Campos v. United States of America

Middle District of Florida, flmd-8:2016-cv-01370

ORDER denying {{1}} -motion to vacate/set aside/correct sentence (2255); denying a certificate of appealability; denying leave to proceed on appeal in forma pauperis; directing the clerk to ENTER A JUDGMENT against Campos and to CLOSE the case. Signed by Judge Steven D. Merryday on 6/21/2016. (BK)

Interested in this case?

Current View

Full Text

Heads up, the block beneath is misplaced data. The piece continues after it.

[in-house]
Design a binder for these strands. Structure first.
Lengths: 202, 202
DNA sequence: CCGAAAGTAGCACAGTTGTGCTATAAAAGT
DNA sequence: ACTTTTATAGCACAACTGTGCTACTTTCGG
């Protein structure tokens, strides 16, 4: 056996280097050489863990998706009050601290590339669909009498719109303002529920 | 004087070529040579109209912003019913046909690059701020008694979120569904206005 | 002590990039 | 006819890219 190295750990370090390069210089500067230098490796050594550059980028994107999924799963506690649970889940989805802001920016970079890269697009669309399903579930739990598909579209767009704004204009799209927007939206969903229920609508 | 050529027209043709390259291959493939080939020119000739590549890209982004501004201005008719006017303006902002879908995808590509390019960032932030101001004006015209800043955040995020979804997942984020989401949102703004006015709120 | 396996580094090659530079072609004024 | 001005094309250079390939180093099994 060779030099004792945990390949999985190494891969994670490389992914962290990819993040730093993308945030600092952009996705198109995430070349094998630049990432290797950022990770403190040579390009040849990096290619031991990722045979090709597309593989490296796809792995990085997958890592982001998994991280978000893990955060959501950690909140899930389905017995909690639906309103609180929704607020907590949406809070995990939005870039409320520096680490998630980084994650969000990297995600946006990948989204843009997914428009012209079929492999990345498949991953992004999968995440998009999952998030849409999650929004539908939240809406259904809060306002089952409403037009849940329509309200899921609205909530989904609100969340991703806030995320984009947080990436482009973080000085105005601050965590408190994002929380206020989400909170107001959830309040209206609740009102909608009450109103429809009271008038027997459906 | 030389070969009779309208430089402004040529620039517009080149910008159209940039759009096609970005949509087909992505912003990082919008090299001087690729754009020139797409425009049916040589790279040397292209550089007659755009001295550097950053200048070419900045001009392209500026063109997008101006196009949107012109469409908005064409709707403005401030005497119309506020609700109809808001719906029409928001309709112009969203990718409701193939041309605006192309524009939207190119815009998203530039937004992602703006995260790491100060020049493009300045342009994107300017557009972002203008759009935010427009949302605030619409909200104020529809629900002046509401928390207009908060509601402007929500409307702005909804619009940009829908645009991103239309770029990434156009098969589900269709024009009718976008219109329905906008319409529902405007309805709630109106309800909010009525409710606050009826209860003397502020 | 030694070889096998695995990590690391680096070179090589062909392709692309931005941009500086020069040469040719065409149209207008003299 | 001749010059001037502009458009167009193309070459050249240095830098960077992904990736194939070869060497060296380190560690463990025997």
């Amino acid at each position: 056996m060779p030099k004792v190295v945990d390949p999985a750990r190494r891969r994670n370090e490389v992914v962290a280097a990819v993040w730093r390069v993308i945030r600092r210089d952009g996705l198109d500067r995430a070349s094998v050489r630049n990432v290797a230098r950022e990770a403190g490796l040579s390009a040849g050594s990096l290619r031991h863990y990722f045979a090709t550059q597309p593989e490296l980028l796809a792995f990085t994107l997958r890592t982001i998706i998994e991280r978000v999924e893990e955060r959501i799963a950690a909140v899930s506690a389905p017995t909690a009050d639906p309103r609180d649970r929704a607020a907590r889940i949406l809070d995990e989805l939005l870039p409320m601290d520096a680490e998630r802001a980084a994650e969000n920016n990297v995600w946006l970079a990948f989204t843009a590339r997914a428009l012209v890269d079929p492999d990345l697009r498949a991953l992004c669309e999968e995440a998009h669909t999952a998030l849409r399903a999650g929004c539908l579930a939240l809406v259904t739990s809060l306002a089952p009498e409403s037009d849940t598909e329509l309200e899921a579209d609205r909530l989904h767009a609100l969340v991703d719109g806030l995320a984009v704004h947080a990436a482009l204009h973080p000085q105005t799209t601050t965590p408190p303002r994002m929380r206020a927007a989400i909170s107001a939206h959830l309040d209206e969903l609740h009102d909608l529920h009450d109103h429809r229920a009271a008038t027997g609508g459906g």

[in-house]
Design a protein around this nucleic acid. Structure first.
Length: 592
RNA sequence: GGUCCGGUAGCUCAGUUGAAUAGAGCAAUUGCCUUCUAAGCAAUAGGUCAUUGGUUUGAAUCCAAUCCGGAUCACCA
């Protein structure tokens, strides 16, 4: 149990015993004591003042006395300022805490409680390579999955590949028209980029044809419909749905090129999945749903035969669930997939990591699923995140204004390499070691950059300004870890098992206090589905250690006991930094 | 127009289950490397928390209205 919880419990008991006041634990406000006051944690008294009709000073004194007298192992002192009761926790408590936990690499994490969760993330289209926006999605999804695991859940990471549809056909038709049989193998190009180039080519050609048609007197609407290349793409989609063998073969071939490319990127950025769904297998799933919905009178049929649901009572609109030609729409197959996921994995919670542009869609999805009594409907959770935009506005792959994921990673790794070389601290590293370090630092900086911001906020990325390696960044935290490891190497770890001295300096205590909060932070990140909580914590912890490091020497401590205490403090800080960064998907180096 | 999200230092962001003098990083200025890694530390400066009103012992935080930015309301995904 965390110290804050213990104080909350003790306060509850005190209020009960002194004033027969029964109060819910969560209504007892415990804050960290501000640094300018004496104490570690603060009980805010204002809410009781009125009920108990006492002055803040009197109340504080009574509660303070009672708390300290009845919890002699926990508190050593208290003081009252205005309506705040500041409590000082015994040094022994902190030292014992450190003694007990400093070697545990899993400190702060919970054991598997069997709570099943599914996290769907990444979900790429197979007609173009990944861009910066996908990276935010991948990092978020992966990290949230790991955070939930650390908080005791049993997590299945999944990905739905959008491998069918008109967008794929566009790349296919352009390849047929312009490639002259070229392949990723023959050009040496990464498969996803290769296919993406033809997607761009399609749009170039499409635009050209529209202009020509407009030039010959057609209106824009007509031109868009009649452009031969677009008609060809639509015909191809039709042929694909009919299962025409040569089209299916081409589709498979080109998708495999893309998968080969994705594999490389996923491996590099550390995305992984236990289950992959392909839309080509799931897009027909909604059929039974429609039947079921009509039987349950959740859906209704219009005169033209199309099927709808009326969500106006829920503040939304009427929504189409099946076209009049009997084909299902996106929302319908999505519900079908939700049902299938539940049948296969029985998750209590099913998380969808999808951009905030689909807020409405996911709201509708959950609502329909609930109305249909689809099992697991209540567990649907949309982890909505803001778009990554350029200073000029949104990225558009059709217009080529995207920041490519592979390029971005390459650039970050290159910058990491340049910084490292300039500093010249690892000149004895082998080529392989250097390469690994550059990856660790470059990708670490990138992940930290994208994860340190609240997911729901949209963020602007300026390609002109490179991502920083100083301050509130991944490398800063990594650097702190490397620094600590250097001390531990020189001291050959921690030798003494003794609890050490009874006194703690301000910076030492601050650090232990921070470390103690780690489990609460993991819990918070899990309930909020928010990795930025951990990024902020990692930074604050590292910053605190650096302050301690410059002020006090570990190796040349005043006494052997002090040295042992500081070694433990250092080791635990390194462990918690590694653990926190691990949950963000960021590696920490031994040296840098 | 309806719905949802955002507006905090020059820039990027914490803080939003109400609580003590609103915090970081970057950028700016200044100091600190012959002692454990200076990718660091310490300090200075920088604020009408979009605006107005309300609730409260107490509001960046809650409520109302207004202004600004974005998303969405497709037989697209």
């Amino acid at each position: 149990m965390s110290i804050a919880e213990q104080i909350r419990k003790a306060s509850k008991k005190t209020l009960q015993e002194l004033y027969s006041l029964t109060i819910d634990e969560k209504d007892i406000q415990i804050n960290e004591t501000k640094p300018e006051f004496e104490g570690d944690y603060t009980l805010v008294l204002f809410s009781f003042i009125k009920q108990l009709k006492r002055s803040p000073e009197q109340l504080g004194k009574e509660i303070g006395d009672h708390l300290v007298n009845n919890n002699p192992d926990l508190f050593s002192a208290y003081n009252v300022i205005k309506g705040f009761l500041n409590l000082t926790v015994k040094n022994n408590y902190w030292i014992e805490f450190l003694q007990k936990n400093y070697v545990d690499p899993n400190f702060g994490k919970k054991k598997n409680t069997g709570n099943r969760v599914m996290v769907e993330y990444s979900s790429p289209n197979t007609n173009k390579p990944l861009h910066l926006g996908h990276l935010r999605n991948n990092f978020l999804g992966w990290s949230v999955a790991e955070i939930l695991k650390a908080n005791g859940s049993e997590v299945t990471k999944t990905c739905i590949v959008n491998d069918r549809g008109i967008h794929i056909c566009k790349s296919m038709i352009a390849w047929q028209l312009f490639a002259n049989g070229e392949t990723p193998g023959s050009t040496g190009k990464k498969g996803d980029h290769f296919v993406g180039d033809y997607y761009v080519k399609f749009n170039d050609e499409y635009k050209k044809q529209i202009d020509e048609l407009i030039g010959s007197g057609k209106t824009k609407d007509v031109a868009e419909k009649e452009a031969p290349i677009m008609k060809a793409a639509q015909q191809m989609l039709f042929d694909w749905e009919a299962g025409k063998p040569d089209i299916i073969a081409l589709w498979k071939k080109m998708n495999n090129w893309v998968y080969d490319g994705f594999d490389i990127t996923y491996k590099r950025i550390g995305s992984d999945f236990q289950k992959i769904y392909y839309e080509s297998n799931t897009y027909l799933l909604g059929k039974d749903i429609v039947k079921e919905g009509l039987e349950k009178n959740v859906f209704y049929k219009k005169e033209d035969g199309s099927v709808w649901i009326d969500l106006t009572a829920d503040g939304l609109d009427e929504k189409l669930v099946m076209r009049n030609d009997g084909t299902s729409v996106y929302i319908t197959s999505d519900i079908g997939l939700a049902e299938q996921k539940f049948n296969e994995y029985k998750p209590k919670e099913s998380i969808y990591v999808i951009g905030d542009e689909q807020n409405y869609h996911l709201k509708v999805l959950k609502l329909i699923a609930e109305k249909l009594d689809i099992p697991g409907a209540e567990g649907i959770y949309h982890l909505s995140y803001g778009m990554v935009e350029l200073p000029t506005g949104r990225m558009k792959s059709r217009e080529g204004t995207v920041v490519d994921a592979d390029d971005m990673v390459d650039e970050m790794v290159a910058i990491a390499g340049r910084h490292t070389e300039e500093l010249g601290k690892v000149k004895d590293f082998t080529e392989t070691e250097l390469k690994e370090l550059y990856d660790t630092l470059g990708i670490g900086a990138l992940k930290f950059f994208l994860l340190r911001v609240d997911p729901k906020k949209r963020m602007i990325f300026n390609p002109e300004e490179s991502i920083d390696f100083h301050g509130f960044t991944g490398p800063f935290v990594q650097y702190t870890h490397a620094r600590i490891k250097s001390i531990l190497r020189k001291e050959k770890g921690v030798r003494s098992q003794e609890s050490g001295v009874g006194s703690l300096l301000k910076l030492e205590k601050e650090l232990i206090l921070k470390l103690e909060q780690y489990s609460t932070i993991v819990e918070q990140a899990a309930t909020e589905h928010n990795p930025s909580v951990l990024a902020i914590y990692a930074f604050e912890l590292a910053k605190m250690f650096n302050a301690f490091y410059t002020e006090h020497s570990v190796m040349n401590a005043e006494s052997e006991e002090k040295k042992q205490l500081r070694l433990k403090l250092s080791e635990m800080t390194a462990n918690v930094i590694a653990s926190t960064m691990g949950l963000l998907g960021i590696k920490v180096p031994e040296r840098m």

PageID 32 UNITED STATES DISTRICT COURT MIDDLE DISTRICT OF FLORIDA TAMPA DIVISION UNITED STATES OF AMERICA v. CASE NO. 8:00-cr-58-T-23MAP 8:16-cv-1370-T-23MAP CARL CAMPOS / ORDER Campos's motion to vacate under 28 U.S.C. § 2255 (Doc. 1) challenges his sentence to imprisonment for twenty-nine years but not his convictions for both possession of a firearm during a crime of violence and interference with commerce by threat or violence. Campos's conviction and sentence comport with the terms of his plea agreement. (Doc. 59 in 00-cr-58) Campos's motion to vacate is time-barred. Also, the motion lacks merit because in the plea agreement Campos waived the right to challenge the calculation of his sentence. Rule 4, Rules Governing Section 2255 Cases, requires a preliminary review of the motion to vacate. Section 2255 requires denial of the motion without a response if the "motion and the files and records of the case conclusively show that the prisoner is entitled to no relief. . . ." Accord Wright v. United States, 624 F.2d 557, 558 (5th Cir. 1980)1 (finding the summary dismissal of a Section 2255 motion was proper 1 Unless later superseded by Eleventh Circuit precedent, a Fifth Circuit decision issued before October 1, 1981, binds this court. Bonner v. City of Prichard, 661 F.2d 1206, 1207 (11th Cir. 1981) (en banc). PageID 33 "[b]ecause in this case the record, uncontradicted by [defendant], shows that he is not entitled to relief"); Hart v. United States, 565 F.2d 360, 361 (5th Cir. 1978) ("Rule 4(b) [Rules Governing § 2255 Proceedings], allows the district court to summarily dismiss the motion and notify the movant if 'it plainly appears from the face of the motion and any annexed exhibits and the prior proceedings in the case that the movant is not entitled to relief. . . .'"). See United States v. Deal, 678 F.2d 1062, 1065 (11th Cir. 1982) (citing Wright and Hart). FACTS2 On or about November 25, 1998, and February 22, 1999, in the Middle District of Florida, the defendant conspired with co-defendants Anthony Ahedo and Eddie Gomez to rob the Pasadena and Diamond Bank Jewelry Stores. (Gomez only robbed Diamond Bank jewelry store.) On each occasion, the conspirators, along with the defendant, broke into the homes of the jewelry store owners, tied them up and forced them to give the conspirators the keys and alarm code to the stores. On each date, the conspirators, including the defendant, had a firearm in hand and brandished them before the victims. Leaving the owners tied up in their homes, the conspirators drove to the stores and attempted to enter the stores with the stolen keys and codes. On November 25, 1998, the conspirators were able to enter the Pasadena store and took approximately $150,000 worth of merchandise. This merchandise had traveled by way of interstate commerce and the theft then affected such interstate commere. Regarding the Diamond Bank robbery, the conspirators were unable to enter the store on their own and returned to the owner's home. At gunpoint, the conspirators drove him to the store and forced him to open it for them. Once inside, the conspirators stole the store's jewelry and currency. Prior to the robbery, Diamond Bank's jewelry had been transported in interstate commerce and the theft affected interstate commerce. The conspirators stole approximately 2 This summary of the facts derives from page 14–15 in the plea agreement. (Doc. 59) -2- PageID 34 $500,000 worth of merchandise from the Diamond Bank jewelry store. STATUTE OF LIMITATION The Anti-Terrorism and Effective Death Penalty Act creates a limitation for a motion to vacate. "A 1-year period of limitation shall apply to a motion under this section. The limitation period shall run from the latest of the date on which the judgment of conviction becomes final. . . ." 28 U.S.C. § 2255(f)(1). Campos's motion is untimely. See Day v. McDonough, 547 U.S. 198, 209 (2006) ("[W]e hold that district courts are permitted. . . to consider, sua sponte, the timeliness of a state prisoner's habeas petition."), and Jackson v. Sec'y, Dep't of Corr., 292 F.3d 1347, 1349 (11th Cir. 2002) (holding that the district court possesses discretion to sua sponte question the timeliness of a petition for the writ of habeas corpus). Campos's conviction became final in 2002 and his one-year limitation expired in 2003. Campos recognizes that his motion to vacate is untimely under Section 2255(f)(1) if the limitation is determined from the date that his conviction became final. Campos asserts entitlement to a new limitation under Section 2255(f)(4), which starts a limitation from "the date on which the facts supporting the claim or claims presented could have been discovered through the exercise of due diligence." Campos erroneously contends that a modification to his state sentence is a "new fact" under Section 2255(f)(4). Because Campos was serving a related state sentence when his federal sentence was imposed, the district court ordered that the federal sentence run -3- PageID 35 concurrently with the state sentence. Campos complains that, in calculating his sentence, the United States Bureau of Prisons ("BOP") is not affording him credit from January 10, 2001, until April 30, 2002 ("the fifteen-month period"), which is when he was in state custody and before he was sentenced in this action. Because the fifteen-month period was before his federal sentence was imposed and because he received credit for that period toward his state sentence, the BOP properly excluded the fifteen-month period from the calculation of his federal imprisonment. 18 U.S.C. § 3585(b). A month after he was sentenced in this action Campos successfully petitioned the state court to order that the state sentence run concurrently with the federal sentence. This modification in his state sentence is the allegedly "new fact" upon which Campos relies for entitlement to a new limitation. Because it casts doubt on the validity of neither the conviction nor the sentence, the modification of the state sentence is not a "new fact" that warrants a new limitation under Section 2255(f)(4). See, e.g., Johnson v. United States, 544 U.S. 295 (2005) (holding that the successful vacating of a state conviction that was used to enhance a federal sentence is a "new fact" under Section 2255(f)(4)), and Stewart v. United States, 646 F3d 856 (11th Cir. 2011) (applying Johnson). Campos is not entitled to a new limitation under Section 2255(f)(4) because the state conviction was not used to enhance his federal sentence and because, even if it was used for enhancement purposes, the state conviction was not vacated. -4- PageID 36 Campos contends that, if it had known that the BOP would not credit him for the fifteen-month period, the district court might have afforded him a downward departure under Application Note 3(E), Section 5G1.3(c), United States Sentencing Guidelines. The district court was both aware of its discretion to depart downward under Section 5G1.3(c) and was satisfied that Campos's sentence was not more than necessary under 18 U.S.C. § 3582, in part because Campos had already benefitted greatly under the terms of the plea agreement. Campos and his co-conspirators kidnapped jewelry store owners at gunpoint and, because of the robberies, owed restitution in excess of $800,000. Campos's guideline range was reduced three levels under the terms of the plea agreement and two additional levels under Section 5K1.1. The district court ordered that the federal sentence run concurrently with the state sentence and granted the United States' motion for a ten-year reduction in the second mandatory consecutive sentence based on the use of a firearm. The district court denied a motion for a downward departure under Section 5K2.0. A motion for a downward departure under Section 5G1.3(c) would not have succeeded. Campos's motion to vacate is untimely and the claim asserted is barred under the terms of the plea agreement. Campos is entitled to no relief. Accordingly, the motion under Section 2255 to vacate the sentence (Doc. 1) is DENIED. The clerk must enter a judgment against Campos and close this case. -5- PageID 37 DENIAL OF BOTH A CERTIFICATE OF APPEALABILITY AND LEAVE TO APPEAL IN FORMA PAUPERIS Campos is not entitled to a certificate of appealability ("COA"). A prisoner moving under Section 2255 has no absolute entitlement to appeal a district court's denial of his motion to vacate. 28 U.S.C. § 2253(c)(1). Rather, a district court must first issue a COA. Section 2253(c)(2) permits issuing a COA "only if the applicant has made a substantial showing of the denial of a constitutional right." To merit a certificate of appealability, Campos must show that reasonable jurists would find debatable both (1) the merits of the underlying claims and (2) the procedural issues he seeks to raise. See 28 U.S.C. § 2253(c)(2); Slack v. McDaniel, 529 U.S. 473, 478 (2000); Eagle v. Linahan, 279 F.3d 926, 935 (11th Cir 2001). Because the motion to vacate is clearly time-barred and lacks merit, Campos is entitled to neither a certificate of appealability nor an appeal in forma pauperis. Accordingly, a certificate of appealability is DENIED. Leave to appeal in forma pauperis is DENIED. Campos must obtain permission from the circuit court to appeal in forma pauperis. ORDERED in Tampa, Florida, on June 21, 2016. -6-